Why Media And Art Bans Do Not Work

Bans on media and art create more problems than they solve. just create more?

Joseph Rivas, Columnist

The notion of banning media for offensive or shocking content is not new; it’s actually an extremely old practice that usually ends negatively in some way or another. This exercise in futility is fundamentally flawed, as it addresses an effect while ignoring the cause and thus allows the cause to continue with a relative amount of impunity. There are just a few arguments against media bans, but they haven’t addressed the issue concerning freedom of expression and its very apparent contradiction with bans.

Despite the fact that I find certain works of art and media offensive, gross, or unnecessary, I will always defend their right to exist. Just because something doesn’t cater to a prominent opinion does not mean it should be banned. It also means that it doesn’t need to be enjoyed or agreed with either. For example, I find the song “Blurred Lines” by Robin Thicke to be abhorrent in its blatant misogyny, but it has the right to exist and be as popular as it is.

The way I think things like censorship should be handled is based upon personal choice. The information concerning the content and nature of media is readily available and, instead of calling for bans or censorship, try finding a better way to express your disdain without stepping on the toes of somebody’s art, no matter how deplorable. Another method is to simply not support the artist.

The thing I see a lot is the terrifyingly commonly opinion that banning things and making things illegal solves the problem and the root of said problem when, in actuality, it rarely does. Prohibition in America, for example, didn’t just fail, but it also created a massive rise in organized crime by giving the criminals a method to gain capital. Take the “war on drugs” that’s lead to America having one of the largest prison and jail industries in the world. These end up costing billions each year, and the same thing goes for media and art as well. By making something desired illegal or banned, you drive some to do things they might not have done otherwise in order to enjoy what they want to. The few cases in which a ban “works” usually leads to a hesitation on behalf of the artist. They could possibly abandon ideas for the fear that they’ll lead to legal retaliation, or that they’ll learn that their entire process was a waste of time and energy. Overall,  it encourages stagnation.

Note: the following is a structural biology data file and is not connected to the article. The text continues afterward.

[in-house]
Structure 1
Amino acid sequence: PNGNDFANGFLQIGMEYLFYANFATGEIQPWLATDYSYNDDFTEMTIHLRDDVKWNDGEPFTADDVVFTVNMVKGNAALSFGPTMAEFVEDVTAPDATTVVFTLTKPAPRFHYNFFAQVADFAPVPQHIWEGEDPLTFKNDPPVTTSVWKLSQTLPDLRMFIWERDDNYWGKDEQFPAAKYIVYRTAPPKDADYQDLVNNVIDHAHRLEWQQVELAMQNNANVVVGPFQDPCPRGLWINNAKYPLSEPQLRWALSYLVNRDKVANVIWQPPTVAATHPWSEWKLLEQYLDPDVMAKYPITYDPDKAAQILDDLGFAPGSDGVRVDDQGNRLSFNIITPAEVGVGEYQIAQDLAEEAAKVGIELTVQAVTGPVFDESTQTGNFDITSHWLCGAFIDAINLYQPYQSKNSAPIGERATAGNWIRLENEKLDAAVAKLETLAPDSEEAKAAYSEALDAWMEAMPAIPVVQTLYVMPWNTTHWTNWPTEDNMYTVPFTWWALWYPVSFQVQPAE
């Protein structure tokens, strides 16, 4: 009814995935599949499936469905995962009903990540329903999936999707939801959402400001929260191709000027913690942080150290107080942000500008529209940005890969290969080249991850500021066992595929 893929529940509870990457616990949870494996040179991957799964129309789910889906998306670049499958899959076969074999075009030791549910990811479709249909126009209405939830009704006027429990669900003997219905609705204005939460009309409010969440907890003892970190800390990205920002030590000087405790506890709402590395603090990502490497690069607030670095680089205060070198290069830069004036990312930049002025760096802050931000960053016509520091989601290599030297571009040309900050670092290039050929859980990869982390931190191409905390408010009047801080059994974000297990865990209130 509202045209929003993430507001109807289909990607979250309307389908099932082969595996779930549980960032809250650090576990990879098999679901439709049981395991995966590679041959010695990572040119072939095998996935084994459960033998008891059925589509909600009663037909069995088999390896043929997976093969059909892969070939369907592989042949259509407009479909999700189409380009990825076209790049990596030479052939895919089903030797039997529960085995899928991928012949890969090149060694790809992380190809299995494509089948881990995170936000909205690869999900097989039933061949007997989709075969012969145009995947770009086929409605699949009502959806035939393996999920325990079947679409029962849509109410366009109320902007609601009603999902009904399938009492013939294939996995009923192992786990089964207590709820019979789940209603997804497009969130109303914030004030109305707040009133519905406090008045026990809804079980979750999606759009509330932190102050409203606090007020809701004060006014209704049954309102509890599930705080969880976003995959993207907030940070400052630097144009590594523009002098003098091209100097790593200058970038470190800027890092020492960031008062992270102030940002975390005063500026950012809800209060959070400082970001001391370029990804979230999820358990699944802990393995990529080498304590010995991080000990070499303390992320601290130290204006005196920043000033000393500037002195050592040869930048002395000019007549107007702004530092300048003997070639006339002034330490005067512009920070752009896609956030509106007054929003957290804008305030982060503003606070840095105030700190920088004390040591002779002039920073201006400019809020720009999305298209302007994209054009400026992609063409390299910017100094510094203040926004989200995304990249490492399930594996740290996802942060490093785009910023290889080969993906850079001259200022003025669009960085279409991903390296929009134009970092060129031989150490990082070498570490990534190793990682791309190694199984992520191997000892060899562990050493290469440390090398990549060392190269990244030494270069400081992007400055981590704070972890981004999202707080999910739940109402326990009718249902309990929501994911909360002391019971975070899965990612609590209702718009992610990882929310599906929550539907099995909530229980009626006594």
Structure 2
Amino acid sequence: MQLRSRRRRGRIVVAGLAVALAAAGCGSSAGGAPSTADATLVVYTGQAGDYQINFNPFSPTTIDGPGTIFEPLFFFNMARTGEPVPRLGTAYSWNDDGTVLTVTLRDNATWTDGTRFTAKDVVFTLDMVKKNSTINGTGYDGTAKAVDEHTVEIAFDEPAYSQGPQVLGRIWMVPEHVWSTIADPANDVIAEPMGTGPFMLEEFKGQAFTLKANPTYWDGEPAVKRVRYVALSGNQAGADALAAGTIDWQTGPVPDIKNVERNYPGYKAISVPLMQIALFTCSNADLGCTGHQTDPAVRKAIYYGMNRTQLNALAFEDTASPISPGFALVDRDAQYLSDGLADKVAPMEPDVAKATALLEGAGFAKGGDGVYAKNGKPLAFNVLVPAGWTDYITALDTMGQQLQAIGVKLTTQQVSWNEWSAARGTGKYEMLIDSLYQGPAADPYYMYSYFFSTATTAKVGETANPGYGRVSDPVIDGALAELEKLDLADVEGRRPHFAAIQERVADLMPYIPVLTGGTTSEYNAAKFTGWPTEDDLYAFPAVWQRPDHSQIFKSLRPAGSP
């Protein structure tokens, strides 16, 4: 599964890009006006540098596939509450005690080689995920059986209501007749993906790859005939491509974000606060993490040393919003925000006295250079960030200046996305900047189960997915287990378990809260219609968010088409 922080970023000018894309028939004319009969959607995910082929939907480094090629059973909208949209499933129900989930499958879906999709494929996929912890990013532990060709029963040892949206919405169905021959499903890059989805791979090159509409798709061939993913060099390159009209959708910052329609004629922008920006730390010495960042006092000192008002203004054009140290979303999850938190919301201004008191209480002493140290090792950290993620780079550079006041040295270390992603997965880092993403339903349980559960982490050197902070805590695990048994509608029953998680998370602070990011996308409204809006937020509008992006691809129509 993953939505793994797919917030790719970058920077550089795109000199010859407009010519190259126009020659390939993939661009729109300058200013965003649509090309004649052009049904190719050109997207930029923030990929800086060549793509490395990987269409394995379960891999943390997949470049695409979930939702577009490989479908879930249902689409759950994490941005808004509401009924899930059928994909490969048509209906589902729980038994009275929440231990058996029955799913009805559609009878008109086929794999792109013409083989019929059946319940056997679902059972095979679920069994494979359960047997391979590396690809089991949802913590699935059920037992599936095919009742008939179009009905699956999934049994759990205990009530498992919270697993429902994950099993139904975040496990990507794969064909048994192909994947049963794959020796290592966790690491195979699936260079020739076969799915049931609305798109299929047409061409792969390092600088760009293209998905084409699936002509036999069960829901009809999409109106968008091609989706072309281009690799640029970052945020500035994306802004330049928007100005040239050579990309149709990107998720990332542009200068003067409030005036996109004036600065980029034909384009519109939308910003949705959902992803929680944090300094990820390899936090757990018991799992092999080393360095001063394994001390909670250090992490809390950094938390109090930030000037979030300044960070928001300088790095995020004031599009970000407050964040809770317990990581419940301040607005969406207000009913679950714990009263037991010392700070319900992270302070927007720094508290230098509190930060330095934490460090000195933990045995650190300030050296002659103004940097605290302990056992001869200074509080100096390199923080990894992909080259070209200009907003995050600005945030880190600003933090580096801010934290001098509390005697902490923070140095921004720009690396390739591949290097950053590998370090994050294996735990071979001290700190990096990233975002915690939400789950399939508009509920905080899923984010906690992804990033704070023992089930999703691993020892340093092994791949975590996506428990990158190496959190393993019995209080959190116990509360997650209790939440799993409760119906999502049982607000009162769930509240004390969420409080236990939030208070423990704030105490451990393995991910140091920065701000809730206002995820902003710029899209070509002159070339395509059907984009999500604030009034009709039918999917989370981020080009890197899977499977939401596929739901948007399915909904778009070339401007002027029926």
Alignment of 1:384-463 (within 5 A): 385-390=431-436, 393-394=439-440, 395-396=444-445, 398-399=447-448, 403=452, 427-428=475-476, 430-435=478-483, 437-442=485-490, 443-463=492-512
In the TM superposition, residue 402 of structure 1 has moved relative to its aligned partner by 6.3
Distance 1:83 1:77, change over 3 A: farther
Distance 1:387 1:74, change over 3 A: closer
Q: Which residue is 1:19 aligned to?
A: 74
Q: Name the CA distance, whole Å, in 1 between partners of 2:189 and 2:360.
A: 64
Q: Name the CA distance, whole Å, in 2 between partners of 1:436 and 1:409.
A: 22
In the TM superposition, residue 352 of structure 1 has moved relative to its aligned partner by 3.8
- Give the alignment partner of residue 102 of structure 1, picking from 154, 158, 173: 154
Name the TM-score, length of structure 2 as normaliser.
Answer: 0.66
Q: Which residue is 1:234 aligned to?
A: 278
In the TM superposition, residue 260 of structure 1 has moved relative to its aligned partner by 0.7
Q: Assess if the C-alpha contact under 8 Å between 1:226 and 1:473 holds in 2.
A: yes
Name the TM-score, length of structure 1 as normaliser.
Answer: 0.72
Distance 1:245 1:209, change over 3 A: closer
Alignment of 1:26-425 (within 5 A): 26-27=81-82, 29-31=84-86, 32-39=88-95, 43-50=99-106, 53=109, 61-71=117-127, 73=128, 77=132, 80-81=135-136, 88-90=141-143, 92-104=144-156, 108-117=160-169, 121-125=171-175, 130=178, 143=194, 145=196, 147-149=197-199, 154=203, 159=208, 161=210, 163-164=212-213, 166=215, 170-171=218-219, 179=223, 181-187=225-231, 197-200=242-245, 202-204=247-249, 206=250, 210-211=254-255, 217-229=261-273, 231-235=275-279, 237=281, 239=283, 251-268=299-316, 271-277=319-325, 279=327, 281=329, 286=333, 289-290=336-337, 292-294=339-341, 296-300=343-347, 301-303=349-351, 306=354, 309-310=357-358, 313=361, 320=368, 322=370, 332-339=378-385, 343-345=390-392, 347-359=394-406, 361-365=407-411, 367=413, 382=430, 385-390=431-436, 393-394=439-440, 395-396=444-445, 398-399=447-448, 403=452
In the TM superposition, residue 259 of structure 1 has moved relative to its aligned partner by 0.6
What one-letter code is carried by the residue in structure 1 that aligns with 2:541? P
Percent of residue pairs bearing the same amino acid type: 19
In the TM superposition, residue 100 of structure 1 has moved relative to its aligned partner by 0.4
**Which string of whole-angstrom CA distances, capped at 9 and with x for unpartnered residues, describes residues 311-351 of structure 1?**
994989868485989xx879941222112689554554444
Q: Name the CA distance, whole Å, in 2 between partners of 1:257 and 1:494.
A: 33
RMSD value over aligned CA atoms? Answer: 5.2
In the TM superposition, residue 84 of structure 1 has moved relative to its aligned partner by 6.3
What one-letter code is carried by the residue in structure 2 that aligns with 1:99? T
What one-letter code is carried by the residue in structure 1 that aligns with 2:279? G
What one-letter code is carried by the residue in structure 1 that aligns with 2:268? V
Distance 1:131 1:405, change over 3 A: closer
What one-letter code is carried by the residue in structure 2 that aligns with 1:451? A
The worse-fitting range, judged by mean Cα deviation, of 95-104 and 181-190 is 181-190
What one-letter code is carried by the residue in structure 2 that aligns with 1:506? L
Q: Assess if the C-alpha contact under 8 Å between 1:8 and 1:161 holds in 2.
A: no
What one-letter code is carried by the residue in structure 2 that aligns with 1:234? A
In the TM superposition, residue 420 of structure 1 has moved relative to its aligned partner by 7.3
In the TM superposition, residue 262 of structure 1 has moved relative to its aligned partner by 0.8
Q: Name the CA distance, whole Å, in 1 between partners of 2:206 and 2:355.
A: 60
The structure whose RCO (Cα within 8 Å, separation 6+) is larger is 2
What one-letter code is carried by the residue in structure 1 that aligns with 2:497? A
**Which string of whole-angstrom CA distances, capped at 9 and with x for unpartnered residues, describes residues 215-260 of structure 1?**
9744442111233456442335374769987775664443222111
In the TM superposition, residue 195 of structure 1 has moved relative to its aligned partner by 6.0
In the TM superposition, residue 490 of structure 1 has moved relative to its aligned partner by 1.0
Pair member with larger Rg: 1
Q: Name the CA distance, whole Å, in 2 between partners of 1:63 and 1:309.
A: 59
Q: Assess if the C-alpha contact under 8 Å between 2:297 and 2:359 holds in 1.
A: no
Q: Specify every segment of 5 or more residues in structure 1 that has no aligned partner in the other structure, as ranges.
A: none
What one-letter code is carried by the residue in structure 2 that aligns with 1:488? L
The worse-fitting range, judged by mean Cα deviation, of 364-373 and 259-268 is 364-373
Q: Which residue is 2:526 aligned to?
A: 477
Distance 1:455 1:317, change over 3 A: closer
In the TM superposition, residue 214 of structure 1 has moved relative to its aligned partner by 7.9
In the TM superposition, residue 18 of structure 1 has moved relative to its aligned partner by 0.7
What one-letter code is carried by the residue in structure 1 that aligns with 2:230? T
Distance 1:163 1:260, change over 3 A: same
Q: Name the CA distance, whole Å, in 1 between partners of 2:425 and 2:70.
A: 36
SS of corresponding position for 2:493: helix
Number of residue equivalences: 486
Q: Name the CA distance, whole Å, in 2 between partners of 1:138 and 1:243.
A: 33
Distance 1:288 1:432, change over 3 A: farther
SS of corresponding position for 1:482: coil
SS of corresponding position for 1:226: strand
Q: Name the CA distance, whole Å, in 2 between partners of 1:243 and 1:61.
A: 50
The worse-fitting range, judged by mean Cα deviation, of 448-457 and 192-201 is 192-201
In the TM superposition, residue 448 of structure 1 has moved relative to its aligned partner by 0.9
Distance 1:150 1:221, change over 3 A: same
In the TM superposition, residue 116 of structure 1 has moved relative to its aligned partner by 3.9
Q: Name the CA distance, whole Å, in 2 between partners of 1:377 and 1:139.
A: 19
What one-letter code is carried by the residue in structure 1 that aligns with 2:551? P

I can admire the intentions behind wanting to ban offensive and possibly socially harmful media, however, I think that bans are detrimental to those intentions. Rather than burying and hiding a particular example of negative media, use it as an example and build a platform that expresses how it’s negative and suggests ways of trying to stop the cause. Even if I personally can agree with the struggle of trying to reduce the amount of socially harmful art and media, I can not support the notion of banning or restricting access to any one artist’s content, and I feel that there are far superior ways of combating issues like this without going to the extreme and unnecessary decision of banning it outright.